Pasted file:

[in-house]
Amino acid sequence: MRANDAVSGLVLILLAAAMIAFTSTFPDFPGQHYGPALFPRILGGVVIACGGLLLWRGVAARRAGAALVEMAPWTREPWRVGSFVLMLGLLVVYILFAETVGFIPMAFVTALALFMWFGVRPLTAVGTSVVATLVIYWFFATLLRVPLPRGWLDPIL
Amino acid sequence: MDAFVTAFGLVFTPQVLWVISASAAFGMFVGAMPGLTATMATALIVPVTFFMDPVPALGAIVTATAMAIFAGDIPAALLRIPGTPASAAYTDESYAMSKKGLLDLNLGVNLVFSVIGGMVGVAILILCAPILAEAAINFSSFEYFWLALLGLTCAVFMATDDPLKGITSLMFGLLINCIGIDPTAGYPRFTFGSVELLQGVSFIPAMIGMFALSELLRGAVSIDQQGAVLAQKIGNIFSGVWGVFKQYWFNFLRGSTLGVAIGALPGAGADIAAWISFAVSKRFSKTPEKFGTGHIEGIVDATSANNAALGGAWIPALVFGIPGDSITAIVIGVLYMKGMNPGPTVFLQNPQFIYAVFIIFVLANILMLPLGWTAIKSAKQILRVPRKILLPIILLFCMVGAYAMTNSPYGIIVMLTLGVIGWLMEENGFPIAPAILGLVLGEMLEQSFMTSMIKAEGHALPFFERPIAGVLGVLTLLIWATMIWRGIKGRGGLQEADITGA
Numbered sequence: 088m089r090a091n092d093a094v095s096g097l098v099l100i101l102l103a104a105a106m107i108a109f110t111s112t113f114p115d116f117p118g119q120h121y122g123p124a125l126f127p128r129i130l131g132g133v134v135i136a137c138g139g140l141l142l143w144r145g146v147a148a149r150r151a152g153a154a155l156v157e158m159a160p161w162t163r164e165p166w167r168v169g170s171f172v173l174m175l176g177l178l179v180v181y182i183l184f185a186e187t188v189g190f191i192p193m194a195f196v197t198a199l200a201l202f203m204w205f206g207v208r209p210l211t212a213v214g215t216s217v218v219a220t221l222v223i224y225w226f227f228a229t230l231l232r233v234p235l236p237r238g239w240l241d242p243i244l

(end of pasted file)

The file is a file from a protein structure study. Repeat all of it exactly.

[in-house]
Amino acid sequence: MRANDAVSGLVLILLAAAMIAFTSTFPDFPGQHYGPALFPRILGGVVIACGGLLLWRGVAARRAGAALVEMAPWTREPWRVGSFVLMLGLLVVYILFAETVGFIPMAFVTALALFMWFGVRPLTAVGTSVVATLVIYWFFATLLRVPLPRGWLDPIL
Amino acid sequence: MDAFVTAFGLVFTPQVLWVISASAAFGMFVGAMPGLTATMATALIVPVTFFMDPVPALGAIVTATAMAIFAGDIPAALLRIPGTPASAAYTDESYAMSKKGLLDLNLGVNLVFSVIGGMVGVAILILCAPILAEAAINFSSFEYFWLALLGLTCAVFMATDDPLKGITSLMFGLLINCIGIDPTAGYPRFTFGSVELLQGVSFIPAMIGMFALSELLRGAVSIDQQGAVLAQKIGNIFSGVWGVFKQYWFNFLRGSTLGVAIGALPGAGADIAAWISFAVSKRFSKTPEKFGTGHIEGIVDATSANNAALGGAWIPALVFGIPGDSITAIVIGVLYMKGMNPGPTVFLQNPQFIYAVFIIFVLANILMLPLGWTAIKSAKQILRVPRKILLPIILLFCMVGAYAMTNSPYGIIVMLTLGVIGWLMEENGFPIAPAILGLVLGEMLEQSFMTSMIKAEGHALPFFERPIAGVLGVLTLLIWATMIWRGIKGRGGLQEADITGA
Numbered sequence: 088m089r090a091n092d093a094v095s096g097l098v099l100i101l102l103a104a105a106m107i108a109f110t111s112t113f114p115d116f117p118g119q120h121y122g123p124a125l126f127p128r129i130l131g132g133v134v135i136a137c138g139g140l141l142l143w144r145g146v147a148a149r150r151a152g153a154a155l156v157e158m159a160p161w162t163r164e165p166w167r168v169g170s171f172v173l174m175l176g177l178l179v180v181y182i183l184f185a186e187t188v189g190f191i192p193m194a195f196v197t198a199l200a201l202f203m204w205f206g207v208r209p210l211t212a213v214g215t216s217v218v219a220t221l222v223i224y225w226f227f228a229t230l231l232r233v234p235l236p237r238g239w240l241d242p243i244l